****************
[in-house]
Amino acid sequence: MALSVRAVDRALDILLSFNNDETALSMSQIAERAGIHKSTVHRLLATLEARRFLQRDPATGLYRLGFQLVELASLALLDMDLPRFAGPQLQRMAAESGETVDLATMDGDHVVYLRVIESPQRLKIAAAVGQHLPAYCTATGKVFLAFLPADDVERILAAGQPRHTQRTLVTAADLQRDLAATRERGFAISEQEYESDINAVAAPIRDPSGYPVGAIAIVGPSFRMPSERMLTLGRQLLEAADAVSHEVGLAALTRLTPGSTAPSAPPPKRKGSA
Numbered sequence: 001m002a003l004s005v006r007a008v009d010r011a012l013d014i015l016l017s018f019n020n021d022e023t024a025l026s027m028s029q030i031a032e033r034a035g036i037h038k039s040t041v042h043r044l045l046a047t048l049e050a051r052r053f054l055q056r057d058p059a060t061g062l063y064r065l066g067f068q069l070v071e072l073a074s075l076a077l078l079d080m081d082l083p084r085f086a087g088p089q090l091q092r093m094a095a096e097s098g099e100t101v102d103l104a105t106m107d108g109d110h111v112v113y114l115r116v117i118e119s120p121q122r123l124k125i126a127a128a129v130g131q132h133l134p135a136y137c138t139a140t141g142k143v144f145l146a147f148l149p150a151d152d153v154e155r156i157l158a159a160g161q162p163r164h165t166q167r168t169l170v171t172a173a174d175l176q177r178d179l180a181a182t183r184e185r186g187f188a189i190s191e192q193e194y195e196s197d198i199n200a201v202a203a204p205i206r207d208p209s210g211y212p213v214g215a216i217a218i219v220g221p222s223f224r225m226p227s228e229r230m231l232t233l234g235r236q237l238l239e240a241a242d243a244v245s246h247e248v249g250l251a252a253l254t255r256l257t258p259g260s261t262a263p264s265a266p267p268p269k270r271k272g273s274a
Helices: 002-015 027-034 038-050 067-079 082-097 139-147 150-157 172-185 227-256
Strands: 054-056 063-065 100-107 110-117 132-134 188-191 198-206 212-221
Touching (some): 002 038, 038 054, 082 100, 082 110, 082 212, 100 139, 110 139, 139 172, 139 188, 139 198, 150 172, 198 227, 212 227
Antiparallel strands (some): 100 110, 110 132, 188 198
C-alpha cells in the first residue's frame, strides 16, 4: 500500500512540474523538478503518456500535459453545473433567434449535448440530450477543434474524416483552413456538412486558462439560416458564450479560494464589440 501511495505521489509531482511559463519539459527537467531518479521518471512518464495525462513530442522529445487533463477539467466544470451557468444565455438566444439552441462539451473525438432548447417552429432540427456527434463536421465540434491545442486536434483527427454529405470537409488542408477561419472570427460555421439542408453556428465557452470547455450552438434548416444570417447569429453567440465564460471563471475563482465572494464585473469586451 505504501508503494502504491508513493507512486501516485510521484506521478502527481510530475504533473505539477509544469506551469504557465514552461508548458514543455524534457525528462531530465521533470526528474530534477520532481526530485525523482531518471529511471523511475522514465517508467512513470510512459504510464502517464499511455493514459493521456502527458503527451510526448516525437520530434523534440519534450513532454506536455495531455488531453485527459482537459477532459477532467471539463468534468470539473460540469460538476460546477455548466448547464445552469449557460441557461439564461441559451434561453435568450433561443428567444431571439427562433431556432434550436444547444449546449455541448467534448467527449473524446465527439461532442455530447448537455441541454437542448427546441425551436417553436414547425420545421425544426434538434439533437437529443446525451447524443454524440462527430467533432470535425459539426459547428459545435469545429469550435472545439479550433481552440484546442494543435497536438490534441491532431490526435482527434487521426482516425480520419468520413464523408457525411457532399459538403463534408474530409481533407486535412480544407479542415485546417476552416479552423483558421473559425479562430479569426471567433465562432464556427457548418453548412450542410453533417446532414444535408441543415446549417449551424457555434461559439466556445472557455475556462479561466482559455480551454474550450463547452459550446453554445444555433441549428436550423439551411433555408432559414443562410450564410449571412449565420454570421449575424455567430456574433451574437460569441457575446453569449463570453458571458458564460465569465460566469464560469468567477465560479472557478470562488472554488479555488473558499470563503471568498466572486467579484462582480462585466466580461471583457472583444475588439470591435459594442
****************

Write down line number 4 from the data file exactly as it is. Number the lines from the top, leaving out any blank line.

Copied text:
Helices: 002-015 027-034 038-050 067-079 082-097 139-147 150-157 172-185 227-256